School is out for the year in most places. Teachers are sleeping in. Parents have arranged for child care. Students are spinning fidgets or playing video games or getting in my way at the zoo (I don’t really know what students do with their free time anymore. I used to watch Matlock in the summer). Many teachers received gifts from the parents of their students during that last week of school. I saw them on Facebook, and I don’t know a single teacher who doesn’t greatly appreciate them. In a world where genuine appreciation is as rare as political bipartisanship, even a token thank you stands out.

Gift cards, coffee mugs, thematic baskets, chocolate, and thank you cards are all great, but there is one way parents can thank their children’s teachers that beats them all. Few teachers receive this gift, even though it costs nothing, takes only a few minutes to put together, has lasting positive effects, and you can do it at any point of the school year, even now, when it’s over.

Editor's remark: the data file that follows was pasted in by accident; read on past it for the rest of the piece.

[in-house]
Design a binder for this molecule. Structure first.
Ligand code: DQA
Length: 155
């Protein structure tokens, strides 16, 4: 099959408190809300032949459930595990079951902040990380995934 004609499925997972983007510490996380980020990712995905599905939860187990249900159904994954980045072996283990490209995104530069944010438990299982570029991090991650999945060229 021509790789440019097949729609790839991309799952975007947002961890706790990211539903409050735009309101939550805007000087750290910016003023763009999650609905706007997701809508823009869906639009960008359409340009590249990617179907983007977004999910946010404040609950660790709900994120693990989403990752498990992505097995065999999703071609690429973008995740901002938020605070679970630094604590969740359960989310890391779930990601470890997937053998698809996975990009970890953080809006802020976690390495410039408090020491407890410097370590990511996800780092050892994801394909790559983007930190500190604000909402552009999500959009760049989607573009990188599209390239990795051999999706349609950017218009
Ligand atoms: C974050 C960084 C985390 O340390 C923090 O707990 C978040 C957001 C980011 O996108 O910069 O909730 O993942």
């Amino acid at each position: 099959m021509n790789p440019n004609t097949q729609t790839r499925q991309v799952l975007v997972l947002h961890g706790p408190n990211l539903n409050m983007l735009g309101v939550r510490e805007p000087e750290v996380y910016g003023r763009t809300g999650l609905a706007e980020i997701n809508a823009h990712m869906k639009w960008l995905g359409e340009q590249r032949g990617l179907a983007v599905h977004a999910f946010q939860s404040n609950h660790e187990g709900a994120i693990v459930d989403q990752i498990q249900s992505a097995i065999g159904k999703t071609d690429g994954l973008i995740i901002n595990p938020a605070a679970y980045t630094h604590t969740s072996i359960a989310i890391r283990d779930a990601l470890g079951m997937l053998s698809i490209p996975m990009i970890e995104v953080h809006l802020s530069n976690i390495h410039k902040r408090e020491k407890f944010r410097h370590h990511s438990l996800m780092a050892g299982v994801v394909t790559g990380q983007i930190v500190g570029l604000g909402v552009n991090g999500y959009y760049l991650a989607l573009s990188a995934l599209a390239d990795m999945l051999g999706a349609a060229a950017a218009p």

What is this wonderful, simple gift?

An email to the teacher’s principal.

Teachers Get Evaluated

Many parents may not be aware that teachers are evaluated yearly now. This is a relatively new thing, at least in practice. While there have always been teacher evaluation systems, the old ones were mostly formalities. The principal would let the teacher know he was coming, the teacher would teach, the principal would fill out a quick form that usually lacked teeth, and they’d all go on their merry ways.

Then, for lots of mostly bad reasons, politicians decided teachers were the main cause of society’s failures. They decided to weed out the bad ones. To do that, they needed some kind of system to identify the bad ones. They wanted to use test scores because test scores produce numbers and people like numbers. They seem objective. But then the forces of good convinced them that including principal observations should be part of the system, too.

So what does all this have to do with writing an email to the principal?

Principals Are Human

The system described above is meant to be objective, but it isn’t. Humans are involved. Humans have values and prejudices and feelings and all kinds of other humany things that make evaluating others objectively impossible. Two principals watching the same lesson will judge that lesson differently. Two principals will measure the value of teachers in their buildings differently.

In practice, the system actually works like this: